Transporting the reader back to Southern England into the midst of the Seventh Century, The Book of Spells takes readers to the Kingdom of Vilgar, governed by a generous king in whose household an evil wizard has positioned himself.
Convincing the king that his powers of magic and premonition will benefit the kingdom, Malecar becomes the court wizard. Surreptitiously, he studies the dark arts in his quest to usurp the king’s power and eventually rule over the kingdom.
When Martir, a kind and gentle wizard arrives, he is appointed Malecar’s apprentice and becomes a close friend, mentor, and confidant of the king’s son, Audric. As Audric matures, he is guided by his father and Martir. The wisdom they instill in him eventually allows him to see Malecar for who he truly is.
The forest bordering Vilgar is a refuge to three young witches. The women are in possession of a book they cannot open. Dabbling in the dark arts of magic so that they might protect themselves, they realize that the book may contain the darkest of spells.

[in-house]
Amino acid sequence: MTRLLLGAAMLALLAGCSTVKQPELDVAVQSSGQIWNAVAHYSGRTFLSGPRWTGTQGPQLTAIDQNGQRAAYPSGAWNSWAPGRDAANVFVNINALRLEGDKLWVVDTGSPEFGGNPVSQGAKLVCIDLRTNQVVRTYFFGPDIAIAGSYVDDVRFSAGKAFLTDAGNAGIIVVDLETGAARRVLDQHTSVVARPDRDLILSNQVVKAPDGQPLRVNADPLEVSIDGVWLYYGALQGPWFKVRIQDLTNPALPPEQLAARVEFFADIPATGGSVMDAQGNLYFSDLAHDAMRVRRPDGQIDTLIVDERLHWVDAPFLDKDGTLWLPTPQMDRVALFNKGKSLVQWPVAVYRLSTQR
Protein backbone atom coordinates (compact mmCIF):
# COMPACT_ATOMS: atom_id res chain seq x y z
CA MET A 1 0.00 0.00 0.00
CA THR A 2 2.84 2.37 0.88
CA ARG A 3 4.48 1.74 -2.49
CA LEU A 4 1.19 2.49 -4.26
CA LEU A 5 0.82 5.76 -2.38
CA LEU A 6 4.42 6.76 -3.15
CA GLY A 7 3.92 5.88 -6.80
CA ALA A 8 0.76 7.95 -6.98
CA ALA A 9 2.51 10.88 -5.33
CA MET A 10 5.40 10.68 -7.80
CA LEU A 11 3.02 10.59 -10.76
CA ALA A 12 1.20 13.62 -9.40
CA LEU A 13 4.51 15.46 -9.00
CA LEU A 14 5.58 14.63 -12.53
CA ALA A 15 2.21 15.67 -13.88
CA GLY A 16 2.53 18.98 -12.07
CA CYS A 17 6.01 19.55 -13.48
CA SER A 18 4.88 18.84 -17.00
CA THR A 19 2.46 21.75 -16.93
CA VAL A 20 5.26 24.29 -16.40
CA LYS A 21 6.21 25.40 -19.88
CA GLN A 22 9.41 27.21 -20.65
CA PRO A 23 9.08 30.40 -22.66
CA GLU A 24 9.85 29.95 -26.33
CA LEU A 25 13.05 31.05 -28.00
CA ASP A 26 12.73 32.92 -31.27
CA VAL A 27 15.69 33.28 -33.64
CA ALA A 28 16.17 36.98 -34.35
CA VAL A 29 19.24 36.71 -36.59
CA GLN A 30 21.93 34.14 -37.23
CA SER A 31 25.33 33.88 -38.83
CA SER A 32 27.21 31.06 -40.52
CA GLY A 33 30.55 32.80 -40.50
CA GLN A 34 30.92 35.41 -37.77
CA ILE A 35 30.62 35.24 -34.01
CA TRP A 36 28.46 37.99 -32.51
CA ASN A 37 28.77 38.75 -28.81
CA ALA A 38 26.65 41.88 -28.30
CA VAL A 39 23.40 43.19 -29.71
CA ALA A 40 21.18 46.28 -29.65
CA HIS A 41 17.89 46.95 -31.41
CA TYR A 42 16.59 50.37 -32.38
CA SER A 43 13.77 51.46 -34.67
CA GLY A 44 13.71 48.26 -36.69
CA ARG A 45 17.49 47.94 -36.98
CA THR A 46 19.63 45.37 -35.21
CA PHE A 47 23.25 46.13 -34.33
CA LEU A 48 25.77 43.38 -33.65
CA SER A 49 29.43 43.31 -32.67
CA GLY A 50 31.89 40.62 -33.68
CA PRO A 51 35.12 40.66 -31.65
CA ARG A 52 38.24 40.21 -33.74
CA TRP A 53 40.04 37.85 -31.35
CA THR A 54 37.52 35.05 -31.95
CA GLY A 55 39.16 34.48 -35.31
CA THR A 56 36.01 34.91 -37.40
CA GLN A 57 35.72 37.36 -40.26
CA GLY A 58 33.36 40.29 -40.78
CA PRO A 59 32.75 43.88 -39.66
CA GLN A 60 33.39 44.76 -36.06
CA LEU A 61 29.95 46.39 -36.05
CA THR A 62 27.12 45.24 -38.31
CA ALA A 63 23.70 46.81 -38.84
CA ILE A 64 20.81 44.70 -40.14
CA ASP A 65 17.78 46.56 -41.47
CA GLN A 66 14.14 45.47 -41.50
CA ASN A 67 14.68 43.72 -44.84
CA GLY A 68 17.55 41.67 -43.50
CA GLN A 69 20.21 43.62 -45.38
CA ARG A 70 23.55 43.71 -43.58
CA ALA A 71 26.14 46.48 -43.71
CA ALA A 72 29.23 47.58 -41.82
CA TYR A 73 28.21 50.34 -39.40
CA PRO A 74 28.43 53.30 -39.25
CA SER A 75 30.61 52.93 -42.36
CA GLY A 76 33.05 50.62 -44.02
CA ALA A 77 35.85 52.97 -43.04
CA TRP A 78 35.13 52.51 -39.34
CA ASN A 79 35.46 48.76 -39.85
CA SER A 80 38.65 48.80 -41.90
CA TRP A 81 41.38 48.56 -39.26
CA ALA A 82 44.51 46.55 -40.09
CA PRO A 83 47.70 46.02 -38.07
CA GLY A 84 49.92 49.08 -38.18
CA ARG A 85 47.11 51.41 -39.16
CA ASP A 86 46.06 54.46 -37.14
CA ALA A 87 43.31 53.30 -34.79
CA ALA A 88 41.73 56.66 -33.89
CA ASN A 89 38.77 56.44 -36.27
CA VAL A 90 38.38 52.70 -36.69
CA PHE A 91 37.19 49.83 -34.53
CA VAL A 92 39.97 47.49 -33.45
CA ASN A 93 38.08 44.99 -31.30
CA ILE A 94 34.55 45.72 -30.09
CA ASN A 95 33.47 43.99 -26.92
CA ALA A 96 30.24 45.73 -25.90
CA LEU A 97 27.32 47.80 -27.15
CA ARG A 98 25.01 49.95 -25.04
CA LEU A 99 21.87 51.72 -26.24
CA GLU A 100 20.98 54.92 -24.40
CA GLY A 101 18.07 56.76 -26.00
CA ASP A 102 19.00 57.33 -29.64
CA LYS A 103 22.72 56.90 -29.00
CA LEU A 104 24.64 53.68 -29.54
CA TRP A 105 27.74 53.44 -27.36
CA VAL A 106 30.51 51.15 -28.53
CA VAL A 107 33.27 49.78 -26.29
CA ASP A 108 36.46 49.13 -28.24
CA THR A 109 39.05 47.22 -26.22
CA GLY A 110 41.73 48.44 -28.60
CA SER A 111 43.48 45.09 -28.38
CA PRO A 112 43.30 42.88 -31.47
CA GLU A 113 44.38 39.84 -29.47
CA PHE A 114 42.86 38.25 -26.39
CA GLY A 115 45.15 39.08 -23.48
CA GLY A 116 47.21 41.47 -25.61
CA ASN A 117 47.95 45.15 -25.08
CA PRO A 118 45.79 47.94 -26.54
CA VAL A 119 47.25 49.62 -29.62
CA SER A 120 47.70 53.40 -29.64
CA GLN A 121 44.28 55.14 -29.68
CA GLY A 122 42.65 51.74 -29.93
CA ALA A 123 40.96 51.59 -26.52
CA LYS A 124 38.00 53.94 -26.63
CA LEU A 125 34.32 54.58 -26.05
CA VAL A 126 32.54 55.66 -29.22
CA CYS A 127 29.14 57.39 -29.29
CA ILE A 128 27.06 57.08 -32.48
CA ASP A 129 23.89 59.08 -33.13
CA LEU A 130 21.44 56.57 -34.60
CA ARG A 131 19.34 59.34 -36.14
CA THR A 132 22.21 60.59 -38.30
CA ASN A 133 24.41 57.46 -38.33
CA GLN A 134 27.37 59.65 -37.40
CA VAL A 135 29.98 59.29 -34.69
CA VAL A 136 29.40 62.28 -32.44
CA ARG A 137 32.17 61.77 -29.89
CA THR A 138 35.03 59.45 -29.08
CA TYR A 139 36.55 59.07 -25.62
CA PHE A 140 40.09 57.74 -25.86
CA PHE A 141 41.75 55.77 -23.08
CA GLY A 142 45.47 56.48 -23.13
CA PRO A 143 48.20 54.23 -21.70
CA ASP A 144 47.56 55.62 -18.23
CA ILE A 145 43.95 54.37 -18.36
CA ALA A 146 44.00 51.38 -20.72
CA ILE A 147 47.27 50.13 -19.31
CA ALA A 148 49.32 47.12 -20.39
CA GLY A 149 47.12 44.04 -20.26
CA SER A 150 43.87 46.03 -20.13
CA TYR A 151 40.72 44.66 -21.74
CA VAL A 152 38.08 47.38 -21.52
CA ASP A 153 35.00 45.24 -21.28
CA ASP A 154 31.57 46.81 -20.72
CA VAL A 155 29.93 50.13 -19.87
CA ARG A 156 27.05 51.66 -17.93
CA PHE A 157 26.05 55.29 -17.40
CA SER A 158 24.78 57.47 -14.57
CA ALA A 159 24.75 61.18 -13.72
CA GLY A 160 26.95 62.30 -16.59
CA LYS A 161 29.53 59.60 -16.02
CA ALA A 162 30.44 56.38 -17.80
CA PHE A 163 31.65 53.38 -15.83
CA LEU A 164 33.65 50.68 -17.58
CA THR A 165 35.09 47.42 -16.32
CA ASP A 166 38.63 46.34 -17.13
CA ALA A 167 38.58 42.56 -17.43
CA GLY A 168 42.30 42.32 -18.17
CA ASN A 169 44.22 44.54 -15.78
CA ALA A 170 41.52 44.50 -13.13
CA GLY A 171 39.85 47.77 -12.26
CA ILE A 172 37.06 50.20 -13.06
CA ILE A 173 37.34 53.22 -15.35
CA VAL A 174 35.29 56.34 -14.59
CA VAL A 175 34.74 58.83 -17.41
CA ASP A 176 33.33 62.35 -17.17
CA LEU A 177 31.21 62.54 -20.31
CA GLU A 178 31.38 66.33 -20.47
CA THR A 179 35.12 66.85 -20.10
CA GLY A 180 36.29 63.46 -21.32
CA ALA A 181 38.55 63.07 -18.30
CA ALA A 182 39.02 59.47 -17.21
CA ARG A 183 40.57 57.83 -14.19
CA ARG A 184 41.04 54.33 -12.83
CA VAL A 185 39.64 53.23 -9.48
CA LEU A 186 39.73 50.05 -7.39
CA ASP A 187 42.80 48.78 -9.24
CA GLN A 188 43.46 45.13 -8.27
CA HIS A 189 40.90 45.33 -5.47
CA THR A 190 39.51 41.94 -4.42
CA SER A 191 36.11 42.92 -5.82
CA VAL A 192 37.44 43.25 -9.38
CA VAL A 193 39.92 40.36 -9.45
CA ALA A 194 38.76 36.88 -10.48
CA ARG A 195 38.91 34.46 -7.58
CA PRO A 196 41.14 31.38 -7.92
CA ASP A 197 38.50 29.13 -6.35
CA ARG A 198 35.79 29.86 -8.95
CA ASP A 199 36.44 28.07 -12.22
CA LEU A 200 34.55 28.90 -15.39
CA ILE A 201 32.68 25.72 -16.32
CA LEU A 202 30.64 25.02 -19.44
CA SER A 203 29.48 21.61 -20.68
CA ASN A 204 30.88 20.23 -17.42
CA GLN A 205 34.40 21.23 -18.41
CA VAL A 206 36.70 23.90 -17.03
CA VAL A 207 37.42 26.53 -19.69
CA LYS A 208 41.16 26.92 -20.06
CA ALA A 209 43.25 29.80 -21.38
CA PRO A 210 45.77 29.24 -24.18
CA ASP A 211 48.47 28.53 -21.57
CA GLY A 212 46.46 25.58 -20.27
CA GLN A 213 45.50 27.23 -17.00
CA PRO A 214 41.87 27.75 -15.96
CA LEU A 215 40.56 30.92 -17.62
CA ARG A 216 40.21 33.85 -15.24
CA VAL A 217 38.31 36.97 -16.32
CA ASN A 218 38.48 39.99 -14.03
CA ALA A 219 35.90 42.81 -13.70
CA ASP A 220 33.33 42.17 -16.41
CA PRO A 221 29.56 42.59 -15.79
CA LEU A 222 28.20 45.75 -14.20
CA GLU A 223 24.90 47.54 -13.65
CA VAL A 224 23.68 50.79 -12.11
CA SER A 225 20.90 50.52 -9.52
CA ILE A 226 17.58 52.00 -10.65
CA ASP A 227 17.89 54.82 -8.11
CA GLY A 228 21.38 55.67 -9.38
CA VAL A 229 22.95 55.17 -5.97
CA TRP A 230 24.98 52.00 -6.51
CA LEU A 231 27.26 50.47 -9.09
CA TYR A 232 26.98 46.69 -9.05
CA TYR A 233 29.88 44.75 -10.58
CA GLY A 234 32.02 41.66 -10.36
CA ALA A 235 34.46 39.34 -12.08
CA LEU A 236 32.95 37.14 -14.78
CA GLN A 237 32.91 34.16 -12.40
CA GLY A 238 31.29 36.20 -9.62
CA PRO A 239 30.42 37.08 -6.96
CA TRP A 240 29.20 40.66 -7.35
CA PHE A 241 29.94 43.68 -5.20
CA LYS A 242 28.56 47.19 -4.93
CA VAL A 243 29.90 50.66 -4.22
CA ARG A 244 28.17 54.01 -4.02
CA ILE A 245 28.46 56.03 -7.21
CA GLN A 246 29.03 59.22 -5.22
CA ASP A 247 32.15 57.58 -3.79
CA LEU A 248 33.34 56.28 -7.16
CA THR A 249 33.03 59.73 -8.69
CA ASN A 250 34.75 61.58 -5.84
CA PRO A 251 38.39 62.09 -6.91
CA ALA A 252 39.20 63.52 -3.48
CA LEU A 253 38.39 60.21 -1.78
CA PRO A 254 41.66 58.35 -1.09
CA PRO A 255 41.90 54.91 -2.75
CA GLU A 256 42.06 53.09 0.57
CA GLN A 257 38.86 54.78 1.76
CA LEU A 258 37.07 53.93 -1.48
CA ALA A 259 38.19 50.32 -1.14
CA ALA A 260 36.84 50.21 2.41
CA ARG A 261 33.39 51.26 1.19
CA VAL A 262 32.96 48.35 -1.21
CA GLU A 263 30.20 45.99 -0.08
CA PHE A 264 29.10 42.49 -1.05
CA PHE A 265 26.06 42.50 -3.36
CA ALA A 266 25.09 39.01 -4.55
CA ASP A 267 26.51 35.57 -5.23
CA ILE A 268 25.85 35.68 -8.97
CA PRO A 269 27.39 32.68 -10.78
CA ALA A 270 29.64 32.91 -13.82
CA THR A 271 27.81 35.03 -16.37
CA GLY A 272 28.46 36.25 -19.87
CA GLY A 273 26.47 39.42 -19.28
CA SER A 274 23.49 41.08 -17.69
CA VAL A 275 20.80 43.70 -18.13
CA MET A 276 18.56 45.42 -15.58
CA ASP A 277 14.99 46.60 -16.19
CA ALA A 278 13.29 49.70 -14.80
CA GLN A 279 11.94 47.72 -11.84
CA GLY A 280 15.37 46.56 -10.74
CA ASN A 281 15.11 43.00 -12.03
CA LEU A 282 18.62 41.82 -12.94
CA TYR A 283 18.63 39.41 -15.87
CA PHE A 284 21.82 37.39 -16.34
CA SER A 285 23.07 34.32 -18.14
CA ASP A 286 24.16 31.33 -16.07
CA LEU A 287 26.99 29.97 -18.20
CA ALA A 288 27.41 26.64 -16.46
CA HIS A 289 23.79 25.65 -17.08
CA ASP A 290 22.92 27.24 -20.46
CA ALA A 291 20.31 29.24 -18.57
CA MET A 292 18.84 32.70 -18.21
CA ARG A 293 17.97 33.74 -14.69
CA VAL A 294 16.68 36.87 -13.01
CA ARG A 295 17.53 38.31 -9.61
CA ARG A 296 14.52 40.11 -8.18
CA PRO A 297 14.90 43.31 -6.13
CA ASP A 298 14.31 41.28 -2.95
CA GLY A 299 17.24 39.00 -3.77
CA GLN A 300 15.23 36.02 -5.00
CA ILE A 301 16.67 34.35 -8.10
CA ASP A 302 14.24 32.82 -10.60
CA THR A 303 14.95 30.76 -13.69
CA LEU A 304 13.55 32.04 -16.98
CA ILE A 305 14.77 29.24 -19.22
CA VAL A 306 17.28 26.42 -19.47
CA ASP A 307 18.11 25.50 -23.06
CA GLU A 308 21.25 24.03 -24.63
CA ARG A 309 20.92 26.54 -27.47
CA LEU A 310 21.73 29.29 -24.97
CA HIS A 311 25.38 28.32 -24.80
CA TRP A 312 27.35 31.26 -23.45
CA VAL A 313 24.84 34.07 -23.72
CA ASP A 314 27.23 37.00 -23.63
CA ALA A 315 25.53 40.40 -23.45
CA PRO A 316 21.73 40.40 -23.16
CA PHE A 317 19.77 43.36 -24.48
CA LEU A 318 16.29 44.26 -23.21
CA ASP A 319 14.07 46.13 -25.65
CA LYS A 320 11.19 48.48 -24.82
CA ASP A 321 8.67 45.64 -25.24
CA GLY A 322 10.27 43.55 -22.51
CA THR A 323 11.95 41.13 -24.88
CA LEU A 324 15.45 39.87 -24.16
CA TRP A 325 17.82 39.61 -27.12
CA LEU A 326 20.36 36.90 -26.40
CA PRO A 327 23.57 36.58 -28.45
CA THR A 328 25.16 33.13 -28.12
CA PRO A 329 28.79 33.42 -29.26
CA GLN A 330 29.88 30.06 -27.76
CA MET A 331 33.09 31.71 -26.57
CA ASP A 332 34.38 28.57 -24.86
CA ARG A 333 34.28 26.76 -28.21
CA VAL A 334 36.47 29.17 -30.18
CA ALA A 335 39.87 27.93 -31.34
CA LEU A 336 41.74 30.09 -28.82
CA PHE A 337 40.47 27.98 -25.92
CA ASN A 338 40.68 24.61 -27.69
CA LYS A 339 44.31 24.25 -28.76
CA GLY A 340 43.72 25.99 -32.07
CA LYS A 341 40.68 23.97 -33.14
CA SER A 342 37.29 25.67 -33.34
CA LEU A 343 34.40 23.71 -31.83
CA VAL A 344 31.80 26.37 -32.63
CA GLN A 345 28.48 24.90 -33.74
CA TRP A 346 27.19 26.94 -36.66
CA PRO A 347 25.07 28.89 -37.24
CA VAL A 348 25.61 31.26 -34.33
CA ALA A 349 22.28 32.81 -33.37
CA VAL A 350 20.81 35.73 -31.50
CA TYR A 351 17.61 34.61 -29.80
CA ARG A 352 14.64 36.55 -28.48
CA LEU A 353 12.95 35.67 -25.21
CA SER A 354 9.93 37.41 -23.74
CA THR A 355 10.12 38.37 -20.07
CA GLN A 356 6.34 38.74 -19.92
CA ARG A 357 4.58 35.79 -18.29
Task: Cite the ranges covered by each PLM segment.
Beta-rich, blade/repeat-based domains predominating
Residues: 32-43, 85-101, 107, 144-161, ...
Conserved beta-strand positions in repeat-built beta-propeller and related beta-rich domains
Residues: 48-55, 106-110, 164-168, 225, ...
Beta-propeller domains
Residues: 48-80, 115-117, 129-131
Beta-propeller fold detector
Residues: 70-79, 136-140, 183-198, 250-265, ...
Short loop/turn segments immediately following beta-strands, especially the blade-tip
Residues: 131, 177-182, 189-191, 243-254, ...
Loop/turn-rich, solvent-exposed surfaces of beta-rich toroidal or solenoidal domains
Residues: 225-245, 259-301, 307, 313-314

Confronted by Malecar and afraid of him, the sisters agree to give him access to The Book of Spells, and the evil within the wizard allows him to open it.
What happens when an evil wizard has access to powers beyond his wildest desires and unleashes his monstrous creations upon the world? Or, when a gentle wizard becomes his nemesis—and the only protection for the Kingdom he serves?
Working its magic on young and old alike, The Book of Spells will carry readers to a time and place where magic is the norm, where good and evil are at odds, and where maybe—just maybe—the gentle are stronger than they ever imagined they could be.